President Donald J. Trump could care less about biotechnology. How else to explain his total failure to engage the most important and portentous biotechnological issues of our day? In fact, the Trump administration’s policy void on these issues is so complete the president hasn’t even taken the rudimentary step of appointing a bioethics advisory council to advise him, Congress, and the public about the many ethical and safety concerns augured by recent research advances. Nor has he named a Science Advisor to give him informed in-house guidance. Heck, he hasn’t even issued a tweet: SAD!
But, to borrow a phrase: You may not be interested in biotechnology, but biotechnology is interested in you. Ignoring ethical and safety challenges presented by powerful emerging technologies will not make the problems they pose disappear. To the contrary, the current laissez faire approach—consisting primarily of voluntary guidelines or government-funding limitations—threatens the world with substantial peril.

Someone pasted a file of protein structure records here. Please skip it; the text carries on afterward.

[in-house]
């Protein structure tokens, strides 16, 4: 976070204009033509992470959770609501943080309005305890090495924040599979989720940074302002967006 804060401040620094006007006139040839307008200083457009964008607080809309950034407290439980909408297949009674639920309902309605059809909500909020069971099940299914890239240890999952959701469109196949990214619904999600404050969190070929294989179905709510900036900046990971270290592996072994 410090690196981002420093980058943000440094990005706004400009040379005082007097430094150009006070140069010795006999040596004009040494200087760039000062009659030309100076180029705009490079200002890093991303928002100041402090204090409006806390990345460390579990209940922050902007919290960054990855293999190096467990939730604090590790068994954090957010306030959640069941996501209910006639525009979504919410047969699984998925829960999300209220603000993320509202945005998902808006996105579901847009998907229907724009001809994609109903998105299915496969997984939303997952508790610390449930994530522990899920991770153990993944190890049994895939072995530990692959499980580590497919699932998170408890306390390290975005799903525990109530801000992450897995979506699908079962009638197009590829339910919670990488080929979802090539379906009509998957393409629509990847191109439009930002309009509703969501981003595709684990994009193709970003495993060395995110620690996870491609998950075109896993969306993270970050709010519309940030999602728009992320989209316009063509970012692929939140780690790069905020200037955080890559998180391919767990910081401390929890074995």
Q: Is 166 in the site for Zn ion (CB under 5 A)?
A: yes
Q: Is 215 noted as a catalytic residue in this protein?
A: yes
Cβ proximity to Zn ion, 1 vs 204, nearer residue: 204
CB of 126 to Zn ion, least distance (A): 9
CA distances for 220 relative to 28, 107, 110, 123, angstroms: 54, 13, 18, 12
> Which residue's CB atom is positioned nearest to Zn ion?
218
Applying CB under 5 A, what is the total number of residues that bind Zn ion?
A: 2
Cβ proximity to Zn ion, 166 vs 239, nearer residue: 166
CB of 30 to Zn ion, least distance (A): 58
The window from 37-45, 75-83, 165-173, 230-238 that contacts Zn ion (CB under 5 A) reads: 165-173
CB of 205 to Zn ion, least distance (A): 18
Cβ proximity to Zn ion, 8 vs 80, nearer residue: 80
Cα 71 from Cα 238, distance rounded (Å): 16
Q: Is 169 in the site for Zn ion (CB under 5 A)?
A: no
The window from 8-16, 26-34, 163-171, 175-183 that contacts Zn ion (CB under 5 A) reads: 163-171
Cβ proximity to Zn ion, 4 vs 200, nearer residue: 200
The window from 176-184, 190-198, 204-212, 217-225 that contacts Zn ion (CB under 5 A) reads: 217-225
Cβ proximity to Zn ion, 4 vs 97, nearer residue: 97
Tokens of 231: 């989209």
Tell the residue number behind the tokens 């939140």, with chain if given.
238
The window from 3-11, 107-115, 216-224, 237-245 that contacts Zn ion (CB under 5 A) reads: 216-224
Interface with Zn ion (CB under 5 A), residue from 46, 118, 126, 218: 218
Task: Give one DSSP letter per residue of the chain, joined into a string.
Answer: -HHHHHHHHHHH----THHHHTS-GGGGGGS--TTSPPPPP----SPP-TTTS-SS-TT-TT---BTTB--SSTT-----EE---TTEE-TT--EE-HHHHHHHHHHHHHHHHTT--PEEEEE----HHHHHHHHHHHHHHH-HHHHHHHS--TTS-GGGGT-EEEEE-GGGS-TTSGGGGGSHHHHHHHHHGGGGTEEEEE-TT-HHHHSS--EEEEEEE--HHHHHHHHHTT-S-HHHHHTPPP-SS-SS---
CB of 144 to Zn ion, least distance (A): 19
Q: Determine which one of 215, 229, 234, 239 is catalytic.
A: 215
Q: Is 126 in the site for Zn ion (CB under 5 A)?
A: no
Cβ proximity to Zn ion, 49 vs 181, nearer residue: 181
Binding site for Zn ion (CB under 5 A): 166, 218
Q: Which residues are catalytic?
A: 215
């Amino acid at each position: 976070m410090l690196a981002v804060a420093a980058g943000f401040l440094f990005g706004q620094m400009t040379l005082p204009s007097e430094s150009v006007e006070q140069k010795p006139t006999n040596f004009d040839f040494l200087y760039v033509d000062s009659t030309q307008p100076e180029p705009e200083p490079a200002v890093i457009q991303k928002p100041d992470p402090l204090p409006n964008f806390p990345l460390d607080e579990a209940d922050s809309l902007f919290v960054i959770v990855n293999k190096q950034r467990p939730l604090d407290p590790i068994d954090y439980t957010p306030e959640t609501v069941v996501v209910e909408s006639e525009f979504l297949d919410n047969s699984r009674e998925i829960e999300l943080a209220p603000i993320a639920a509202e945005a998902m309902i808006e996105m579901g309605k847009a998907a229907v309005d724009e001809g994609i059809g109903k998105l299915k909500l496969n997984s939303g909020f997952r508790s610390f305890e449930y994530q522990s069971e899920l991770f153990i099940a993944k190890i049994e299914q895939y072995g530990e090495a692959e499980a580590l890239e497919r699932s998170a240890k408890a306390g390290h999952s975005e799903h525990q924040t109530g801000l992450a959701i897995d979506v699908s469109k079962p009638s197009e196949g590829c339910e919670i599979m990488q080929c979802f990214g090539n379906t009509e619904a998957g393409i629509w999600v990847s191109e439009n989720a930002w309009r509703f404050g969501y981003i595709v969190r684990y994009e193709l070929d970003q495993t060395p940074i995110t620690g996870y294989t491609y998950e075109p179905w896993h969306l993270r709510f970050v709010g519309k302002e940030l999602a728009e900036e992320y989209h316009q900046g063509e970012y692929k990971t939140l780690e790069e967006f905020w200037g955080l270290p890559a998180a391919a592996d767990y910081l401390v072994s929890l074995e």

This isn’t hyperbole. And though the term “playing God” is a cliché, it aptly describes the naked power scientists are accumulating, which could lead to the substantial manipulation of biology on the planet, the creation of new and novel life forms, perhaps even the destruction (or elimination) of entire species if these technologies are mismanaged.
CRISPR: It’s almost easier to perform the CRISPR gene-editing process than it is to say what the acronym stands for: “Clustered Regularly Interspaced Short Palindromic Repeat.” Mouthfuls aside, CRISPR is probably the most consequential technological invention since scientists learned to split the atom.